It's time to forget those crazy lefties and get back to business as usual.
You know, I'm thoroughly sick of that beltway issue known as Dirty Politics. Loony lefties and their crazy distractions - all "corrupt Government" this and "Prime Minister donkey deep in it" that - it's all so boring.
Like many other Kiwis I would much rather hear about the $10 a week I might get in 2017, because that's what confirms we're on the right track and have the team that's working. And our favourite team, National, also has a team that's working - the PR team that instructs Prime Minister John Key how to brush off lefty smears and lies. If that's not a good use of all the corporate sponsorship the party enjoys, I'd like to know what is.
It's nice to see people rallying around the Prime Minister at a time like this, when the left would do absolutely anything to bring him down, because they are haters and wreckers. Some in the media, at least, understand their role as chief prime ministerial defenders against communism of any kind - not like those other churnalists and repeaters.
This week on Twitter came another voice that's too often consigned to the sidelines - the corporate lobbyist. Charles Finny, who works for those upstanding chaps at Saunders Unsworth, declared he would make it his personal mission to campaign for a new sedition law and new internet privacy/anti-hacking laws - "with real teeth" - after the current election.
I can tell you right now, once I realised he wasn't referring to the Prime Minister's one-time confidante, Jason Ede, making off with information from the Labour Party membership list, I agreed wholeheartedly. The brass neck of someone willing to publish, for money, information provided under cover of darkness made me fume.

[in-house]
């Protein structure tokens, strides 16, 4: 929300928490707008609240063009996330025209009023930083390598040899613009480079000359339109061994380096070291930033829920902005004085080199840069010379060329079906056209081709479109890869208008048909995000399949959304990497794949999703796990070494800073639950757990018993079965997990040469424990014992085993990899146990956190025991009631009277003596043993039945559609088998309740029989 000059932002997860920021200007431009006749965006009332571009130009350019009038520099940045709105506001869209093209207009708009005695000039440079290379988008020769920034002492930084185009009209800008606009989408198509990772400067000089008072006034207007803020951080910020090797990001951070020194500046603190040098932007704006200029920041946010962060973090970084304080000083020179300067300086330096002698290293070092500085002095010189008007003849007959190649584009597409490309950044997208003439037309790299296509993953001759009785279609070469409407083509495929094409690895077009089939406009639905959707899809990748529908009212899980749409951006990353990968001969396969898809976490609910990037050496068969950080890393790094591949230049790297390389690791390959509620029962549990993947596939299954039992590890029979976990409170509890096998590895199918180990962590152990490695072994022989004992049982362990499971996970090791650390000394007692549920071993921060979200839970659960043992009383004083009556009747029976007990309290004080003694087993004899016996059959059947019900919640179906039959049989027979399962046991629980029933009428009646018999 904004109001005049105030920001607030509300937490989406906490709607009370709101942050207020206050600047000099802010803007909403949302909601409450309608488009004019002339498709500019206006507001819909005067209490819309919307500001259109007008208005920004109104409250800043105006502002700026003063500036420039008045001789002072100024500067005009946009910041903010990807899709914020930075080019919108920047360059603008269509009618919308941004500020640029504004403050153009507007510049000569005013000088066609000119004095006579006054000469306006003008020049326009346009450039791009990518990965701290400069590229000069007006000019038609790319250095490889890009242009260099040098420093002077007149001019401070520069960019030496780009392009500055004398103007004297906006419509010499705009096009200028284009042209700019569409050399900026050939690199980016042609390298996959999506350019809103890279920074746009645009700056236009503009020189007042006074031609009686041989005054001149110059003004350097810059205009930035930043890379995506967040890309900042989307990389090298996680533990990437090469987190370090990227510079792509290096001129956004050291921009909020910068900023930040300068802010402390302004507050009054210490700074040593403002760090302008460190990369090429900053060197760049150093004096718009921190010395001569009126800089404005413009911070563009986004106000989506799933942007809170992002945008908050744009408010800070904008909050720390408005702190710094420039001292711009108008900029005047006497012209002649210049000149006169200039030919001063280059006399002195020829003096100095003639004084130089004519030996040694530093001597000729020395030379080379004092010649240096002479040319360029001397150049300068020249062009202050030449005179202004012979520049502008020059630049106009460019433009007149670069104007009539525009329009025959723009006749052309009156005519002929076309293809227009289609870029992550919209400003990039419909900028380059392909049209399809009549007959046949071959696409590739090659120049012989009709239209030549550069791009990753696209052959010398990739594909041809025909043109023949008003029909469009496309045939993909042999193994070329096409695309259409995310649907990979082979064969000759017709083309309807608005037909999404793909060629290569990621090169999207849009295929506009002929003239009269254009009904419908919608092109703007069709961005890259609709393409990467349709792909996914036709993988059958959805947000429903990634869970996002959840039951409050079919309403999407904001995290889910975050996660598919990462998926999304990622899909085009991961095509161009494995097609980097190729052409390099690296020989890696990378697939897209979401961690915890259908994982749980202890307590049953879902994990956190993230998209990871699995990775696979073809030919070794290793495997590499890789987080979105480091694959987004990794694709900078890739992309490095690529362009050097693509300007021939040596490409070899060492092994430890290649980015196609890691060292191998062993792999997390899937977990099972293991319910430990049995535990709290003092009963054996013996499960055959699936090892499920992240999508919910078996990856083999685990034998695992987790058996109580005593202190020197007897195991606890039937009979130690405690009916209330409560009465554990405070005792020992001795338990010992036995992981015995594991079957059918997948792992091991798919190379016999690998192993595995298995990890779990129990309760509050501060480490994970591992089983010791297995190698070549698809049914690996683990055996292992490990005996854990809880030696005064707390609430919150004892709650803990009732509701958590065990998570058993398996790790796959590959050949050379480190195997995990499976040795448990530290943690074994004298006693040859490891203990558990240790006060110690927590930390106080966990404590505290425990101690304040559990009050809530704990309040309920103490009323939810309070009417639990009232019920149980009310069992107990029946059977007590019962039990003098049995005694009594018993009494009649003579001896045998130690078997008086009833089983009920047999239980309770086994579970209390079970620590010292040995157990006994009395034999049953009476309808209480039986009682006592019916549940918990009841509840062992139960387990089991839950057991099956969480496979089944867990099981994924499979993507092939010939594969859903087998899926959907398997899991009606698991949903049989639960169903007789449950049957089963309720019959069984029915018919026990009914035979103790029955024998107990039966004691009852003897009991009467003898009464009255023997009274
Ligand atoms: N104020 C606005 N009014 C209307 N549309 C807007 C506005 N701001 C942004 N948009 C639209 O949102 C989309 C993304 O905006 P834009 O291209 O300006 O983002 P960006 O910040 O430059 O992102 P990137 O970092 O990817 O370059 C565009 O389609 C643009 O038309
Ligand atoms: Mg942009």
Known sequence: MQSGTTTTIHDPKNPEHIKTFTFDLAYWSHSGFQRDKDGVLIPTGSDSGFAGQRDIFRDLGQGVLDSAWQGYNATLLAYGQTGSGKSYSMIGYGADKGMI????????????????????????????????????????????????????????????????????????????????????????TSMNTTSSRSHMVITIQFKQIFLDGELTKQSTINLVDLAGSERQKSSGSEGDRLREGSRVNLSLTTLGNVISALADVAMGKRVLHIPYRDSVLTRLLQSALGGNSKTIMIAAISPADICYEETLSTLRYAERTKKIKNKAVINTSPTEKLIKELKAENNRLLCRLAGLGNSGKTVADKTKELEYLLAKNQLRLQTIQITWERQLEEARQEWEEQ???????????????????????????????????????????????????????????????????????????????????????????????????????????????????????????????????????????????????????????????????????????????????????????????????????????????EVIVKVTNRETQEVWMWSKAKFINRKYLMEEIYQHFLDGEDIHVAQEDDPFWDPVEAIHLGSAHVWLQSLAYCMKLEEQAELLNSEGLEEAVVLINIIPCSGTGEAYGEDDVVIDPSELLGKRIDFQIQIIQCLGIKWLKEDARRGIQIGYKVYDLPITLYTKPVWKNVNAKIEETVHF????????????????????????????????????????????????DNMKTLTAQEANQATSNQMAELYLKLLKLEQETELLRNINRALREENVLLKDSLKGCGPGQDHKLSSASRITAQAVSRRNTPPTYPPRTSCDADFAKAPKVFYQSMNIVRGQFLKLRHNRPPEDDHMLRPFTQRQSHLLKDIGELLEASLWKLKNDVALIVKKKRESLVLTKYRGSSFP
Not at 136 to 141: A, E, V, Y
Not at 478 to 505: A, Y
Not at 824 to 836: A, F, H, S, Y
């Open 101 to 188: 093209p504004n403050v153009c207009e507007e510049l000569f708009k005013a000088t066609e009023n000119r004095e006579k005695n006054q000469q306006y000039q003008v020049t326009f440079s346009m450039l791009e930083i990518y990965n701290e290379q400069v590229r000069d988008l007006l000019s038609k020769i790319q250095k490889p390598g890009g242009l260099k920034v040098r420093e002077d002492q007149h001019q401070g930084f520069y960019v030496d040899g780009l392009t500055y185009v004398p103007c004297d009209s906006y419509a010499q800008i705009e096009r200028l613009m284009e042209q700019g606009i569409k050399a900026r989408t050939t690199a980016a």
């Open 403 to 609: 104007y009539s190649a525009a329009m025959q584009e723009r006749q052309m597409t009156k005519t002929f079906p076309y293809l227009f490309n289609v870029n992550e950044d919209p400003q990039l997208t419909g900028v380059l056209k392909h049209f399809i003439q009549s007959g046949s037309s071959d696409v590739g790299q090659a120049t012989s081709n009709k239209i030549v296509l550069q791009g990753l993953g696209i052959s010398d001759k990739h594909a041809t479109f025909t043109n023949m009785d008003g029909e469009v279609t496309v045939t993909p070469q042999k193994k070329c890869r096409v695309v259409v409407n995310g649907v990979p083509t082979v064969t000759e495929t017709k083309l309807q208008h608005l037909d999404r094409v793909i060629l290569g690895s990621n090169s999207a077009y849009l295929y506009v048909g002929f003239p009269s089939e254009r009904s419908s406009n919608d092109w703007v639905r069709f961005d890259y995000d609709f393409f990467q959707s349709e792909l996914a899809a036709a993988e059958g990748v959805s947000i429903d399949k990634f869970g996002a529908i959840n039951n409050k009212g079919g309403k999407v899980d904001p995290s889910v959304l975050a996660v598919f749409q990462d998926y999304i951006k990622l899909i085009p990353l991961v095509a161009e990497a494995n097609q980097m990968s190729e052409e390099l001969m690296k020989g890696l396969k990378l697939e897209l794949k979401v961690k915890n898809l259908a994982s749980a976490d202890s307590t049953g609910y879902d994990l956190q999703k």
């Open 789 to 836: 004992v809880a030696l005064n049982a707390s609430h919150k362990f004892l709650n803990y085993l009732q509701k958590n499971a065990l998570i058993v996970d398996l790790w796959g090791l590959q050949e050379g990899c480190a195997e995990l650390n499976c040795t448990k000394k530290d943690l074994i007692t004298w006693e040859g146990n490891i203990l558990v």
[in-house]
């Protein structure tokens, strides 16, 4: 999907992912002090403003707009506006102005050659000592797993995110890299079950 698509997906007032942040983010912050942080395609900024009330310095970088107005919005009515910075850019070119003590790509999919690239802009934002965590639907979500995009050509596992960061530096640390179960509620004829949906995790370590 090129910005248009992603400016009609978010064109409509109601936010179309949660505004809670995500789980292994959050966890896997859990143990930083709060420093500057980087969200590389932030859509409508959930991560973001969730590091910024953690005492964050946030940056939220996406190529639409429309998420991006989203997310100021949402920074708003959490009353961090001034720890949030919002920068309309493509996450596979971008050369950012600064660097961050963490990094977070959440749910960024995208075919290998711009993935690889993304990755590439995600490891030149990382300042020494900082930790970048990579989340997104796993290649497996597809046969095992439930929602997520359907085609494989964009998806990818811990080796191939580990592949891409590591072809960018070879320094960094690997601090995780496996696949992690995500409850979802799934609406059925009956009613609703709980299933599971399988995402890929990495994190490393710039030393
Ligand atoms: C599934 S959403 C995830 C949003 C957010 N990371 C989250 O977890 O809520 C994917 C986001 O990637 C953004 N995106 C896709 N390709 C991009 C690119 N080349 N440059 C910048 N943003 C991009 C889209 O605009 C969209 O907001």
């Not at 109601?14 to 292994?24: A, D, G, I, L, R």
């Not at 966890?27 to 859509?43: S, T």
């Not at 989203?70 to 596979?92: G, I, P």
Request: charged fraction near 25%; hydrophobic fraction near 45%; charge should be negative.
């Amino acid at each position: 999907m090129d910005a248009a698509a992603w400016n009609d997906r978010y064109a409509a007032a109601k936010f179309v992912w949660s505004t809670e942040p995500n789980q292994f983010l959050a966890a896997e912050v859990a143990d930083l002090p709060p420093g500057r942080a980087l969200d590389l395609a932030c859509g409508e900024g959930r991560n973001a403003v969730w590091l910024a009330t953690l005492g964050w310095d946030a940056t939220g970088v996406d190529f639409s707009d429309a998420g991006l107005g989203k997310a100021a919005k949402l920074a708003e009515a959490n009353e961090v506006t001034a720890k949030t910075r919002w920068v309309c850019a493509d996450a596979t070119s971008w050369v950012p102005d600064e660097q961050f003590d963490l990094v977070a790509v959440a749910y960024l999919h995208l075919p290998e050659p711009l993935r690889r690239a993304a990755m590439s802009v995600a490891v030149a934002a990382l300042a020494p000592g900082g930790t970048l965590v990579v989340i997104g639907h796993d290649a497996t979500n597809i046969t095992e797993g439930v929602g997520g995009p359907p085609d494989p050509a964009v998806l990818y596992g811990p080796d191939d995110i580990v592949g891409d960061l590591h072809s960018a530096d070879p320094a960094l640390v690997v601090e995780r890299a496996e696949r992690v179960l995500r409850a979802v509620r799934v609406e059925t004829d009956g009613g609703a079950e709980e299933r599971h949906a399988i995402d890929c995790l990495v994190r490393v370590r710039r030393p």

A quick scroll through the Saunders Unsworth website reveals that, quite rightly, the firm has long despised that hippy do-gooder Nicky Hager. On one page, where they display their amazing knowledge of the intimate quirks of National Party politicians (they describe Steven Joyce as calm and unflappable, quiet and friendly), they note that Joyce was unfairly maligned as a 'Hollow Man' in Hager's "pathetic beat-up publication" before the 2005 election.
Now, it is Saunders Unsworth's clients who are being unfairly maligned, by people of Hager's ilk, so action is needed. The right of, say, client Coca-Cola Amatil to email key players about plans to sell yet more soft drink to the poor of South Auckland, or for the world's largest pharmaceutical companies to nibble away at Pharmac - who is defending that right? Why can't Saunders Unsworth continue privately advising the likes of Solid Energy on how to parry journalists' questions, or counter scientists who speak the truth about the country's polluted waterways, without the risk of their advice falling into the wrong, publicity-hungry hands?
Luckily, Saunders Unsworth still has swipe-card access to its friends in the National Party Cabinet, and is there to represent the disadvantaged corporates who struggle to get a hearing when policy is being formulated.
So let's hear it for the lobbyists, for fighting a fight that all right-thinking people can get behind.